Knowing who is likely going to be part of your community will help ensure it's well attended.
When you throw a party, you definitely don't want it to feel under-attended or empty. The same is true for communities. Low participation is potentially embarrassing, and not the way to ensure ongoing support and attract new members.
Ghost town communities happen primarily when the host doesn't
-- know the target audience;
-- budget and plan for content and programming;
-- appreciate the need for ongoing cultivation of participants;
-- understand the dynamics of how communities start and grow;
-- have an awareness of the social context in which members operate and the skills and power they wield.
My alma mater, for instance, over the years has failed more than succeeded in engaging an audience that already has some level of affinity. There are two reasons for this: the lack of investment in true online programming, and the dramatically changing needs of the audience, which is causing a disconnect between those managing the community and what community members find relevant. Online is treated simply as a way to share things being done in other channels and formats.
Empty parties are embarrassing, but it's another thing entirely to have a small one. Small parties--and communities--are some of the best because there's an intimacy and connection you can never have at a large event. Still, it's much better to have planned for a 40-person event and have 50 people show up than to plan for 500 and have only 50 attend. It's the same number of people, but the perspective of the attendees is much different.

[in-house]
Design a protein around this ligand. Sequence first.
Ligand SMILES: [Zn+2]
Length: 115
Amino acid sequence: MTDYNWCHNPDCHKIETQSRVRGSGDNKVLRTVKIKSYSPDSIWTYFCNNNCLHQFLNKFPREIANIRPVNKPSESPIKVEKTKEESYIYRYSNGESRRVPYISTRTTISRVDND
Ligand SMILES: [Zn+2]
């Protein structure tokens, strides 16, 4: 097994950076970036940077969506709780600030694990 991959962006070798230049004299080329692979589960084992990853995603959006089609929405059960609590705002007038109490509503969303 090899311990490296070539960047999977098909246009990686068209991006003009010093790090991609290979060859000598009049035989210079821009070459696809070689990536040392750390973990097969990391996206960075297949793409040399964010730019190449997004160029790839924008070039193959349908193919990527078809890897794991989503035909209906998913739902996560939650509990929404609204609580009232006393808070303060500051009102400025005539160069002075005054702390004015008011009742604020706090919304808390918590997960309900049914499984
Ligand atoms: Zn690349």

In planning a new community, you'll want to set a size goal that you're confident you can achieve. This may not be the size you want the community to be when it's mature, but one that works at the start. To help determine your initial goal, figure out
-- what competes for the target members' time and attention;
-- how isolated potential members are from one another;
-- the total number of potential members and the concentration of strong interest within that group (i.e., are only a small percentage likely to be heavily involved, or is a high percentage of the group likely to participate but not consistently?);
-- how strongly aligned your target members are with the community's goal.
In some cases, driving community membership is quite easy. For example, BabyCenter has little trouble aggregating new moms into communities because its target audience is large, has an extremely high level of interest, is often isolated, and often has plenty of time to participate. BabyCenter is almost all user-generated content.
In contrast, CardioExchange, which provides connections among cardiologists, must be structured differently. Its target audience is much smaller, has little extra time, and is very goal oriented--seeking primarily to find trusted information and get feedback on specific issues. The content on this site is set up to let members quickly establish trust, indicate favorites, and comment on content. It doesn't require them to create a lot of content in order to get value from the site.
Both of these communities are driven off of attendees' shared interests, but they have different characteristics, including size, goals, business models, frequency of activity or cadence, content types, atmosphere, and participation criteria.
Having the self-awareness and understanding to know what your community is likely to look like will ensure that you plan accordingly and in doing so, maintain support for your initiative over time. If you plan for BabyCenter's community and instead have an audience more like that of CardioExchange, you'll expect a lot of activity too soon, build the wrong tools, invite too many people too early, and likely end up with what feels like a ghost town.
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